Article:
Max Ferdinand Scheler (22 August 1874 – 19 May 1928) was a German-Jewish philosopher.
Scheler was born to a Lutheran father and an Orthodox Jewish mother. As an adolescent, he turned to Catholicism, but became increasingly non-committal around 1921. He was influenced by the Jewish Edmund Husserl's phenomenology.
Leftist Wikipedia alleges that "Scheler was the only scholar of rank of the then German intelligentsia who gave warning in public speeches delivered as early as 1927 of the dangers of the growing National Socialist movement and Marxism", ignoring, for example, various members of the Conservative Revolutionary movement.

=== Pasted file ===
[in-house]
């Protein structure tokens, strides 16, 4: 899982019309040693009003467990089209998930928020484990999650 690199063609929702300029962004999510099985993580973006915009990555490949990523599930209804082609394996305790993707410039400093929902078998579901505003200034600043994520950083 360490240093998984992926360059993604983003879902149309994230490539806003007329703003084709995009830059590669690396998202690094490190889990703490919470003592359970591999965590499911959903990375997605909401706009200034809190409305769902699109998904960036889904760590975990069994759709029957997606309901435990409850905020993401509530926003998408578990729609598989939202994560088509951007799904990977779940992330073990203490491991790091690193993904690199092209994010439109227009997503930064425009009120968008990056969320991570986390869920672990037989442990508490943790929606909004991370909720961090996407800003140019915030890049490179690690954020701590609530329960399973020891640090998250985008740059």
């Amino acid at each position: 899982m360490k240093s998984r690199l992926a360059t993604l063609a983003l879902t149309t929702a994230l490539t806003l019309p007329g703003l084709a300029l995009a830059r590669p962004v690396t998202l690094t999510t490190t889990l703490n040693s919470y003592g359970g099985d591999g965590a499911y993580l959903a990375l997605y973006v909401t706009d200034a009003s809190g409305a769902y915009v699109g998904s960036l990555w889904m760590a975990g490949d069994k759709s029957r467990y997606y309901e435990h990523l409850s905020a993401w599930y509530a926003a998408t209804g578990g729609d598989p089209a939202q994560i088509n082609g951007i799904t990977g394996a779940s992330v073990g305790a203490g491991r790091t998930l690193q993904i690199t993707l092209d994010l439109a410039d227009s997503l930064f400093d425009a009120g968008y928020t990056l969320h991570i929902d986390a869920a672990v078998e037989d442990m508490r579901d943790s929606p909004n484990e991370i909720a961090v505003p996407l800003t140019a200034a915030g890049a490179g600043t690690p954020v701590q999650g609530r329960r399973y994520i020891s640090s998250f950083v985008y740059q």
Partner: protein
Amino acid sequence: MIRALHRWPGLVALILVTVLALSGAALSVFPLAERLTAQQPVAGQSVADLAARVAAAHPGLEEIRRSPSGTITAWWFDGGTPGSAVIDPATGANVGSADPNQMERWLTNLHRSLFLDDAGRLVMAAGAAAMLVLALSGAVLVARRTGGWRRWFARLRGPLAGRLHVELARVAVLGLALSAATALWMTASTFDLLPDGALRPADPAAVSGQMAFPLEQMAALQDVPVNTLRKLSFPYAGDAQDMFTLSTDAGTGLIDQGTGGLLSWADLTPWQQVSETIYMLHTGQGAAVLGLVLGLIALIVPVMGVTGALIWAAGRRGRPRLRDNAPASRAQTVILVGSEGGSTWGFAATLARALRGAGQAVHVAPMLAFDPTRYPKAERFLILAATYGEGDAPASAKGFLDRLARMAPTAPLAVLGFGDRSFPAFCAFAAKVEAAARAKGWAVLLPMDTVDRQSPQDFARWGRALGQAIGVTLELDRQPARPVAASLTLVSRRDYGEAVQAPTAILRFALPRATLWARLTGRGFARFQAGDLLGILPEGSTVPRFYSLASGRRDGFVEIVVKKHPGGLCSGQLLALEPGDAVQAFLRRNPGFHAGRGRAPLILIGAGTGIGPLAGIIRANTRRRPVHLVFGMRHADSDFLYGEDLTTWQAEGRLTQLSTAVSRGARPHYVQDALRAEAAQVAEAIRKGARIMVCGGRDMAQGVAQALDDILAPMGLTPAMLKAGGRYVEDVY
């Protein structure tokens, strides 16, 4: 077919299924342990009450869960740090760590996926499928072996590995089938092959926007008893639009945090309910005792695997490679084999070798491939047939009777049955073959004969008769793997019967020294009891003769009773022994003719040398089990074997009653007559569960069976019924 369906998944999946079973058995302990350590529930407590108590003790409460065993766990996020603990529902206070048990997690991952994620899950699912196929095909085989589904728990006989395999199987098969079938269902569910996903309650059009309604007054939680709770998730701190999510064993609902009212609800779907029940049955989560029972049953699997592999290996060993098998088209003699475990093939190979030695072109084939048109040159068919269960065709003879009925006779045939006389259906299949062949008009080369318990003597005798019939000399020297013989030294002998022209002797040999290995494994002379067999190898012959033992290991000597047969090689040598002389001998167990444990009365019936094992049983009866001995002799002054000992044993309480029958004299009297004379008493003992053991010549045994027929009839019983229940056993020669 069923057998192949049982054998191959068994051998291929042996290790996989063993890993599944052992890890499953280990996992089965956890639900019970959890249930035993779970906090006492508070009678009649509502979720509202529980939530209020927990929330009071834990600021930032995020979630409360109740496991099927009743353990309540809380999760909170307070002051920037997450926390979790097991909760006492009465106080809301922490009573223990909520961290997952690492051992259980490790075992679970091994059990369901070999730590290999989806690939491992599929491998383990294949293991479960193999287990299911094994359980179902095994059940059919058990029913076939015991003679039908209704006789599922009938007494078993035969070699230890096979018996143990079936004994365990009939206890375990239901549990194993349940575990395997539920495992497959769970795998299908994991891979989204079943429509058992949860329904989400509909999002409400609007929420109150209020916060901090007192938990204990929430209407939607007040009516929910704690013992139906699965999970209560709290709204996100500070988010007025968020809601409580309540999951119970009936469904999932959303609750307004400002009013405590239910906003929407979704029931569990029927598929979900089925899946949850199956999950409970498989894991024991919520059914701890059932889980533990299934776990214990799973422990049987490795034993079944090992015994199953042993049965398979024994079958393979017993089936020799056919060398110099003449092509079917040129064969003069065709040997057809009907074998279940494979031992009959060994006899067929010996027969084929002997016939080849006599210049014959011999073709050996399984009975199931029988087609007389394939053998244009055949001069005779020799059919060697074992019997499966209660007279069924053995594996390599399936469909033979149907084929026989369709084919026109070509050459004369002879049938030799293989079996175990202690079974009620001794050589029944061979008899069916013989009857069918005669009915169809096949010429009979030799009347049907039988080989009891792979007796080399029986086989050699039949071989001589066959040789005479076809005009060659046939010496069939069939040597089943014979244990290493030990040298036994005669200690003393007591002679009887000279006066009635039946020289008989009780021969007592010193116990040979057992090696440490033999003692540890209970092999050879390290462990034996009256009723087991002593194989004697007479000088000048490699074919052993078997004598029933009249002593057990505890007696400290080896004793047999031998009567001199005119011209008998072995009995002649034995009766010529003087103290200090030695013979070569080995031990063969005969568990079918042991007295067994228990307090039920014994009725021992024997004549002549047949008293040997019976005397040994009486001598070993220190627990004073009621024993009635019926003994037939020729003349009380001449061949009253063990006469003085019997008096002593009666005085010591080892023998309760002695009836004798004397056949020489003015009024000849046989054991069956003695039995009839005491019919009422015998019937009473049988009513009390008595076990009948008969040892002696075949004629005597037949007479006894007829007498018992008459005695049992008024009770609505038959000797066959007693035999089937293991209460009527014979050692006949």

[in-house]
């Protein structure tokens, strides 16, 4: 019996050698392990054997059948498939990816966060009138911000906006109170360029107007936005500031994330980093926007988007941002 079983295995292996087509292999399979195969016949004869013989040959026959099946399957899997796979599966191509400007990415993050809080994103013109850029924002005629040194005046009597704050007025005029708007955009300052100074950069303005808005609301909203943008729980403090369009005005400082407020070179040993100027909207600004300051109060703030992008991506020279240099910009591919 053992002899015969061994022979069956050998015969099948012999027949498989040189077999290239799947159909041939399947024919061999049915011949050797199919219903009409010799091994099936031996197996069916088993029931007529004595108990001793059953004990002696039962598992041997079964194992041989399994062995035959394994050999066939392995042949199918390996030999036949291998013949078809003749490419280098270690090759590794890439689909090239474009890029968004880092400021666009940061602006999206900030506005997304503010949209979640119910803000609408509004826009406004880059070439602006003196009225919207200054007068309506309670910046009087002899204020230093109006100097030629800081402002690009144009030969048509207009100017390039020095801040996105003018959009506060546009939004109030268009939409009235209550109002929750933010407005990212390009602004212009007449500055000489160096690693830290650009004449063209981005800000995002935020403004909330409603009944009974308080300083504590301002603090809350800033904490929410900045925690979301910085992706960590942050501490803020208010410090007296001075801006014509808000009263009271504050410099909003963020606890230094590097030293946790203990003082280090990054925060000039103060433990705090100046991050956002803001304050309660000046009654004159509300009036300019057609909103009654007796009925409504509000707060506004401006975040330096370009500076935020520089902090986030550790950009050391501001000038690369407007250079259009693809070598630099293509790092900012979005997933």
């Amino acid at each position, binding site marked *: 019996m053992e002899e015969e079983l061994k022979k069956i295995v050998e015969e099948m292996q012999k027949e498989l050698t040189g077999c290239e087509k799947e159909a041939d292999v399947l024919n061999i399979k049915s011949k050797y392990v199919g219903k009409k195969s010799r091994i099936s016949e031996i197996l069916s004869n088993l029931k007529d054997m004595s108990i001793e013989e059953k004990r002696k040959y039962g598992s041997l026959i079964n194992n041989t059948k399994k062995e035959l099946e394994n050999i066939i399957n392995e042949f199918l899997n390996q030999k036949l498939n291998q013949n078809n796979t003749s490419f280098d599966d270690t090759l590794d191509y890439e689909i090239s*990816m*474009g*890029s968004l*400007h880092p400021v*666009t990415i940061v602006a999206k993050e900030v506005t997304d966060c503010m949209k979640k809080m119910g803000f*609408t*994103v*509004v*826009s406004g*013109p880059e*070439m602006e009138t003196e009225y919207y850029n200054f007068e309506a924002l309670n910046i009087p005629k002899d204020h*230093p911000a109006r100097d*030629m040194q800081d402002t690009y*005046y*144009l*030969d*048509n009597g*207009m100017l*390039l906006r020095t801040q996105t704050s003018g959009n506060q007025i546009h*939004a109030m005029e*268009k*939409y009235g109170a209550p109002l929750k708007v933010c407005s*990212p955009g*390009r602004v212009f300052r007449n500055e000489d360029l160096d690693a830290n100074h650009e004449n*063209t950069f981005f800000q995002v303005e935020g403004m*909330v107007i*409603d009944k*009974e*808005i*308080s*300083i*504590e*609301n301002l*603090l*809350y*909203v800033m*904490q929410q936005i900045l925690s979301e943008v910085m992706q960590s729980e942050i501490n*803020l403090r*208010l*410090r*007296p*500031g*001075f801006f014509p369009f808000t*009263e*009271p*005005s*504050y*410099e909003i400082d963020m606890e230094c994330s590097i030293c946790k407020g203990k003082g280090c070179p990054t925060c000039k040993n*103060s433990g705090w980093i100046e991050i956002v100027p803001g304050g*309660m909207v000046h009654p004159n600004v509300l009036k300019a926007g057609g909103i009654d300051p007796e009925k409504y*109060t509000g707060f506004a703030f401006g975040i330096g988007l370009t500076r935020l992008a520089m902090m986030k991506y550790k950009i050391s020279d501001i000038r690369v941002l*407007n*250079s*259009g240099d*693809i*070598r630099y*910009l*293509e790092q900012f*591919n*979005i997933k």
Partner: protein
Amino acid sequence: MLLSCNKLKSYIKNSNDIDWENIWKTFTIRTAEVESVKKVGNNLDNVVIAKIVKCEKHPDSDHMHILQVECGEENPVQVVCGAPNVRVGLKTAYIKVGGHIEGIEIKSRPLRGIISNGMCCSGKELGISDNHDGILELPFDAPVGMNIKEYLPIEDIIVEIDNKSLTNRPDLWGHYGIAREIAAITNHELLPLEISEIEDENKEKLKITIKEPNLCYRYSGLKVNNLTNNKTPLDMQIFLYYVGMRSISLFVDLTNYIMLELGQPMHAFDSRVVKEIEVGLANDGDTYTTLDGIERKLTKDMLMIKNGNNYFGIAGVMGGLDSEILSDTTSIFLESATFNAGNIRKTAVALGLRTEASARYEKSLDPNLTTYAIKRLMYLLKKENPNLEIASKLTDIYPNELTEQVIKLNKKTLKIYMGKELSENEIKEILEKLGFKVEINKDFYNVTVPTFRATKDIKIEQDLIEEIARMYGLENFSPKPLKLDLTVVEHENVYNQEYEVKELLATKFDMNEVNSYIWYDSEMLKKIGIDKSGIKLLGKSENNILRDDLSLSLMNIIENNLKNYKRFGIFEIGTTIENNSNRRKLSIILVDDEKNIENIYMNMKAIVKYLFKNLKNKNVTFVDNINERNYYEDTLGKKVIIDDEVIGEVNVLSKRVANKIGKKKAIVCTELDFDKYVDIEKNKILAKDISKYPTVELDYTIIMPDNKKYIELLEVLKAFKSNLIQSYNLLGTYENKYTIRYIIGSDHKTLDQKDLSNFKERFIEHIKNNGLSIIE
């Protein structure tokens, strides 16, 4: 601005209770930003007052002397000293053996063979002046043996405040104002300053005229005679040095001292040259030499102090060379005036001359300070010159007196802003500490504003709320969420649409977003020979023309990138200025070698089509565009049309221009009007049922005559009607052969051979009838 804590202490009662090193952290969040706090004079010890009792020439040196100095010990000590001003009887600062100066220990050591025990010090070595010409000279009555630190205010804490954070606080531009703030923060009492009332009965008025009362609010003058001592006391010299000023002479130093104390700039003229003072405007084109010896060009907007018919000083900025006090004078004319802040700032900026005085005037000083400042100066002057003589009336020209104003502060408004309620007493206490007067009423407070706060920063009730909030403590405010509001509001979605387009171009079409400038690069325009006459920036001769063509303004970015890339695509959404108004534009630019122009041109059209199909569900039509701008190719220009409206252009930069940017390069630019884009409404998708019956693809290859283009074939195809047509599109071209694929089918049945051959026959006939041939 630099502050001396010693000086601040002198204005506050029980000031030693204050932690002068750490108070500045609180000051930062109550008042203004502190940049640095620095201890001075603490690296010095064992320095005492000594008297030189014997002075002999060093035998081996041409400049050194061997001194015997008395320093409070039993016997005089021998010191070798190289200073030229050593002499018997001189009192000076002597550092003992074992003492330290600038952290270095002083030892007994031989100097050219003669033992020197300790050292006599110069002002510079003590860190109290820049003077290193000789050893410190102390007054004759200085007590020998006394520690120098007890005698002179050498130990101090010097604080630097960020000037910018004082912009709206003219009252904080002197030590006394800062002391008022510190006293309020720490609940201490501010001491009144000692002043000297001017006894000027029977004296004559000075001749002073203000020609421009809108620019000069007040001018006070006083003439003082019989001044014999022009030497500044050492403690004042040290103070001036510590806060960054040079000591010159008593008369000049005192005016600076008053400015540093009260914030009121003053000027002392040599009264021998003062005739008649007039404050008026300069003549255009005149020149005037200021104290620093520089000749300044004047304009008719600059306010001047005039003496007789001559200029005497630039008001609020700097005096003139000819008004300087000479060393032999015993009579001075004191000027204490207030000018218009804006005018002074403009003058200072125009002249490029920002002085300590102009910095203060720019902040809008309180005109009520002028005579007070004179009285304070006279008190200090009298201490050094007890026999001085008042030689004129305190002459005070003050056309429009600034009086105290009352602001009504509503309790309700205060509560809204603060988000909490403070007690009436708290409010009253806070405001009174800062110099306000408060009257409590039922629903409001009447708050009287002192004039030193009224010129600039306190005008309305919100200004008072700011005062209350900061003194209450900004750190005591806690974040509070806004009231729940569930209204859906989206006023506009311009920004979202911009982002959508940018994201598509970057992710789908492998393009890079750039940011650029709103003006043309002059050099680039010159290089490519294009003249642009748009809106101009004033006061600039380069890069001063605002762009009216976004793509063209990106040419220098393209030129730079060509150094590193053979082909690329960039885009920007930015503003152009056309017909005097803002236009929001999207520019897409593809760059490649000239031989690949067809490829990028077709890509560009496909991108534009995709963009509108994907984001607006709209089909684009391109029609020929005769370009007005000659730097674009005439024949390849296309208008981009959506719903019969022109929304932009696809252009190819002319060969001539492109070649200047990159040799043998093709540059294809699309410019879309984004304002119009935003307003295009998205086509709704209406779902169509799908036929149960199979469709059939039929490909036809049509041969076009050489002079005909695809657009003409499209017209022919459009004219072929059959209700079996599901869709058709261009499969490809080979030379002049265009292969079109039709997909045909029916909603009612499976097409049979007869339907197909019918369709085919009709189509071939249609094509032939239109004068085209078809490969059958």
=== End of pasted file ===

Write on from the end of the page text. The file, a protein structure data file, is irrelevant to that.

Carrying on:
Despite later becoming non-committal, Scheler may be classified as a "Catholic philosopher", as is the case in Wikipedia, and be stated to be influential on modern Catholicism. Edith Stein was one of his students. Another influenced by Scheeler was Pope John Paul II.
- Encyclopedia Britannica: Max Scheler
- Encyclopedia.com: Max Scheler
- Encyclopedia.com: Scheler, Max (1874–1928)
- Stanford Encyclopedia of Philosphy: Max Scheler